The Mentelle Basin has only one stratigraphic well, DSDP 258 (Davies et al, 1974, Initial Reports of the Deep Sea Drilling Project, Volume 26, Washington), which was drilled on its boundary with the Naturaliste Plateau. DSDP 258 intersected the upper part of the post-rift succession down to mid-Albian strata. The stratigraphy of pre-Albian section in the Mentelle Basin (Figure 4) is based on seismic interpretation integrated with geological knowledge of the adjacent basin areas that formed during the same regional tectonic events. Correlations between the Vlaming Sub-basin and the Mentelle Basin are based on seismic character and stratal relationships of the major sequences. The Vlaming Sub-basin was also used as a proxy to interpret lithologies, depositional environments and petroleum systems elements of the syn-rift and early post-rift successions of the Mentelle Basin.
The main supersequences of the Mentelle Basin are shown on the tectonostratigraphic chart (Figure 4) and can be summarised as follows:
- Supersequence Mentelle 1A, mapped in the eastern Mentelle Basin, may contain Permian coal measures similar to those in the Perth Basin and correspond to the initial syn-rift deposition in the Early Permian. Supersequence Mentelle 1B is correlated to the phase of thermal subsidence and may contain sediments similar to the Upper Permian Willespie Formation, Lower Triassic Sabina Sandstone and Triassic Lesueur Sandstone, while supersequence Mentelle 1C is correlated to the Lower Jurassic Cattamarra Coal Measures (Crostella and Backhouse, 2000, Geology and petroleum exploration of the central and southern Perth Basin, Western Australia). These units were extensively deformed, faulted and eroded at the onset of second phase of rifting in the Middle Jurassic.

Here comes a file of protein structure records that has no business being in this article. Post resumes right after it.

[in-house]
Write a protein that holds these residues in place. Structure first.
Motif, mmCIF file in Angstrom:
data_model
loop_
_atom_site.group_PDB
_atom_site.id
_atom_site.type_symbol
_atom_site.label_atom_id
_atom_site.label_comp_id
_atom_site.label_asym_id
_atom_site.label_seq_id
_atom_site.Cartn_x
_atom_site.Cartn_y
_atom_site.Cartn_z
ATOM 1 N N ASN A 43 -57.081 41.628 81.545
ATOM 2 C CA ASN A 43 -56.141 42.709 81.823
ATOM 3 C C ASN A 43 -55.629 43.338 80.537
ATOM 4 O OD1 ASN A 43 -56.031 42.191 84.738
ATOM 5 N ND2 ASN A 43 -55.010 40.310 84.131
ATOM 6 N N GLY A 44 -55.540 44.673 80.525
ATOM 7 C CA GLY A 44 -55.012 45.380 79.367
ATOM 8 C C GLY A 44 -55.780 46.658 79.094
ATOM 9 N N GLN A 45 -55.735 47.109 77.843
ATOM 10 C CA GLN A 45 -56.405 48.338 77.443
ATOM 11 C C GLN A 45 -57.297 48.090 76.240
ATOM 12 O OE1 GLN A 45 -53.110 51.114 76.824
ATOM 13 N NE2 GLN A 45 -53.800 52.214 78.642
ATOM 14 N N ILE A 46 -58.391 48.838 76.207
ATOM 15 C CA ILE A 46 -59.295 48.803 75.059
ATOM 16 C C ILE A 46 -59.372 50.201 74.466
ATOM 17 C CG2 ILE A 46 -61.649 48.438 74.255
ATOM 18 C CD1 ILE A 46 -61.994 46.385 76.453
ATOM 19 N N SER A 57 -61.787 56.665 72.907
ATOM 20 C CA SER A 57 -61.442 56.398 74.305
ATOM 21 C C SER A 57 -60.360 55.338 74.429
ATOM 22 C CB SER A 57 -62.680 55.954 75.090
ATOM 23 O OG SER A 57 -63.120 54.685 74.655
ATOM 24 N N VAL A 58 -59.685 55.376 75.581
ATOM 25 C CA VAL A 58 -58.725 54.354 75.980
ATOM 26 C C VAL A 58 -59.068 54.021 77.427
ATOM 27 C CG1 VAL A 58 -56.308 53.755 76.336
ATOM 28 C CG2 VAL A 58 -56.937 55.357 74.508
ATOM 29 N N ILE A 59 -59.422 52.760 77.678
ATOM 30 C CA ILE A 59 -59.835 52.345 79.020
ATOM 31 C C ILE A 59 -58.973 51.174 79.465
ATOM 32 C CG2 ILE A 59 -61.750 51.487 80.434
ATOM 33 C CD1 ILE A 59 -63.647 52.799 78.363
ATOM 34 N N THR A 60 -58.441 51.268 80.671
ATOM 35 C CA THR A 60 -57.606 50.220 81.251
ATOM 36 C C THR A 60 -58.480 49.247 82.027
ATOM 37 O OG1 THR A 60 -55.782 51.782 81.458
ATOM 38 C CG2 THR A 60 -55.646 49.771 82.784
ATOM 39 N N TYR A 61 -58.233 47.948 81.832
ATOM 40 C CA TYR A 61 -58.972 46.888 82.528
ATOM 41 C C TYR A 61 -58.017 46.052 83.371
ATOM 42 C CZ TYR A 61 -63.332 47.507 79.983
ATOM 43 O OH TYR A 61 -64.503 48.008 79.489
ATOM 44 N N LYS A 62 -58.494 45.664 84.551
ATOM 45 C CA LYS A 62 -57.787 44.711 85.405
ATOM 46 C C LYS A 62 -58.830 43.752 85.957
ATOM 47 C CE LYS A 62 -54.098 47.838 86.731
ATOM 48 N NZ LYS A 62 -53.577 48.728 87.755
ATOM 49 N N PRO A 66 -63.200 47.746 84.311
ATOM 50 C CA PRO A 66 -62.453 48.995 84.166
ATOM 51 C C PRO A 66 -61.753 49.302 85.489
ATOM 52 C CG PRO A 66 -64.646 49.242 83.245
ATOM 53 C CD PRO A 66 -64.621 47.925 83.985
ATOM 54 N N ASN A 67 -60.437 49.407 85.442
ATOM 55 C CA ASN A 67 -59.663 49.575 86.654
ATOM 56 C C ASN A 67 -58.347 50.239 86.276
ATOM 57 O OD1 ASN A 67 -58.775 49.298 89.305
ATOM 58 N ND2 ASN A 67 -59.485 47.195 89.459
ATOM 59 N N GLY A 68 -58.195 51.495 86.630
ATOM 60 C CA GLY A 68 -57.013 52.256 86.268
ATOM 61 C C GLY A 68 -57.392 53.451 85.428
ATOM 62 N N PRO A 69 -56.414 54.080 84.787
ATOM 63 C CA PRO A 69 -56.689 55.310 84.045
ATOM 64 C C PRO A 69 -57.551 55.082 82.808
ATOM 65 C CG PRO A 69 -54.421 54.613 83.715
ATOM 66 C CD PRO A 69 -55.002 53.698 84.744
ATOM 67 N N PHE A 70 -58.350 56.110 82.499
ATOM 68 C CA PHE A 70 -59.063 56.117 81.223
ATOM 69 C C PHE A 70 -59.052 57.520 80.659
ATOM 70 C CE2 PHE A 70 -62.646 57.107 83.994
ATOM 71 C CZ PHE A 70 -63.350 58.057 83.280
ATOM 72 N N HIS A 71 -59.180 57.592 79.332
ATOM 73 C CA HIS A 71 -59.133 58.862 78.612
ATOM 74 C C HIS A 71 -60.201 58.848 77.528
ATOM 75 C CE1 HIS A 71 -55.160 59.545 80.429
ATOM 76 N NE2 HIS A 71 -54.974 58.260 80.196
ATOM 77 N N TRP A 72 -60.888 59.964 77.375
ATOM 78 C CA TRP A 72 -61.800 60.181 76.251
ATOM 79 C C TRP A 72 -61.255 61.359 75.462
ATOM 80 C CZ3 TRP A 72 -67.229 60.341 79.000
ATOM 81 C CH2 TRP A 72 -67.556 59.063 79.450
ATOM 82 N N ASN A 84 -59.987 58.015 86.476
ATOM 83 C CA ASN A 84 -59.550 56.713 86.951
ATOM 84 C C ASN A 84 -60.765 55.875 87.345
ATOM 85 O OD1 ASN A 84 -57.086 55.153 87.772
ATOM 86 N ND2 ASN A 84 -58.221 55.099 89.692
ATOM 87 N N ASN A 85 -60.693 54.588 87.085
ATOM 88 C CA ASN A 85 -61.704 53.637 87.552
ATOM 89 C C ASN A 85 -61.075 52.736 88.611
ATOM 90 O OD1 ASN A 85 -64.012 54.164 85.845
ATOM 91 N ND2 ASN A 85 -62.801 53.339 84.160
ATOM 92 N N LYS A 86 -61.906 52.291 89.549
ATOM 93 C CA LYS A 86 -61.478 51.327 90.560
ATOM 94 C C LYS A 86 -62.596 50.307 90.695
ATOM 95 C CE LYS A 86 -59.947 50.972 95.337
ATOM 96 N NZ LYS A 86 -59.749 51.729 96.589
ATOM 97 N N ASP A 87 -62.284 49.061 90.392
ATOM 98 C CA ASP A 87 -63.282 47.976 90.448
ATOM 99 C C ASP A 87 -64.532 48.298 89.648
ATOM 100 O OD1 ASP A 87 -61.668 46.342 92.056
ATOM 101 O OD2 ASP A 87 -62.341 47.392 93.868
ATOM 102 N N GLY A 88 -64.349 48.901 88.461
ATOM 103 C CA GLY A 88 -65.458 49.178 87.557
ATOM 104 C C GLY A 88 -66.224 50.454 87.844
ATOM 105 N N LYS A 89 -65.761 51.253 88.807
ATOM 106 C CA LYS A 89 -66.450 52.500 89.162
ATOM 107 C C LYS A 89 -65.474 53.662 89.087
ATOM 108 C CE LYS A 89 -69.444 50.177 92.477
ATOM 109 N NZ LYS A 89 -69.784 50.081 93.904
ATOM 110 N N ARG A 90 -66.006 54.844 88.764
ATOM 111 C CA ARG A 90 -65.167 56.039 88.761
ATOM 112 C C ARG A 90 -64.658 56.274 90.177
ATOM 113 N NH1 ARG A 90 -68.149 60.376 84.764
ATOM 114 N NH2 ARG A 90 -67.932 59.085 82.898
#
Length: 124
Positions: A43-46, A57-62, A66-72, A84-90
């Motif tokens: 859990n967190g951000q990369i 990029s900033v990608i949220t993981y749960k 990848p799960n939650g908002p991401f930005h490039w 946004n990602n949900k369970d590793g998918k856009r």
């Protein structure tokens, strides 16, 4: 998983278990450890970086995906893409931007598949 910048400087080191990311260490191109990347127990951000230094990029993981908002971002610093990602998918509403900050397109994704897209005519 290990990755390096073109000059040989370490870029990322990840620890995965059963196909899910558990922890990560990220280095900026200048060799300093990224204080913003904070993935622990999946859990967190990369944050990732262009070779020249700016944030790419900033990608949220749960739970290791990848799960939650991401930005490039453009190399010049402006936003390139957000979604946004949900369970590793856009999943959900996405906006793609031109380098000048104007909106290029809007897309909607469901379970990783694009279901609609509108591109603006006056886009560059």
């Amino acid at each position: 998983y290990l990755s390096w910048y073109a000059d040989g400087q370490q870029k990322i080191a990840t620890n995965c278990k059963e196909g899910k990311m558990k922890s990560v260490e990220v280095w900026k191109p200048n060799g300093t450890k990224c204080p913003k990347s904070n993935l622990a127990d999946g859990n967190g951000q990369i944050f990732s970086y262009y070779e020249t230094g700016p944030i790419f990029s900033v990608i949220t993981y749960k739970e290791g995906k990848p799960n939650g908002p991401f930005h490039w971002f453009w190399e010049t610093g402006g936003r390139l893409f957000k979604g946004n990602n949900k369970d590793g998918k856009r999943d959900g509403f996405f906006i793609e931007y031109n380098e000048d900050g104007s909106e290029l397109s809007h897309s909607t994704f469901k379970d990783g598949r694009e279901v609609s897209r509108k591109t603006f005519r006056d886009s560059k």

- Mentelle 2, 3, and 4 supersequences were deposited during the Middle Jurassic to Early Cretaceous major extensional phase in the basin.
- Mentelle 2 Supersequence is correlated to the mid-Bajocian - Kimmeridgian part of the Yarragadee Formation in the Vlaming Sub-basin;
- Mentelle 3 Supersequence (Tithonian - Berriasian) is correlated to the upper Yarragadee Formation and lower part of the Parmelia Group;
- Mentelle 4 Supersequence (Berriasian) is correlated to the upper part of the Parmelia Group in the Vlaming Sub-basin.
- Mentelle 5 is a syn-breakup supersequence, up to 1 km thick, that shows evidence of massive syn-depositional volcanism. The supersequence comprises a thick basal igneous unit (Mentelle 5a) that extends throughout the western Mentelle Basin, and often contains prominent volcanic edifices. A sedimentary package (Mentelle 5b) overlies and, in places, interfingers with the basal igneous unit, onlaps the volcanic edifices, and is often intruded by younger igneous bodies. The igneous succession is confined to the western Mentelle Basin, while the sedimentary succession pinches out over the eastern Mentelle Basin. The sedimentary part of the Mentelle 5 succession is correlated to the marine to deltaic Gage Sandstone and South Perth Shale in the Vlaming Sub-basin. The volcanic succession is correlated to breakup-related volcanics in the Perth Basin and on the Naturaliste Plateau (Crostella and Backhouse, 2000; Crawford et al, 2006).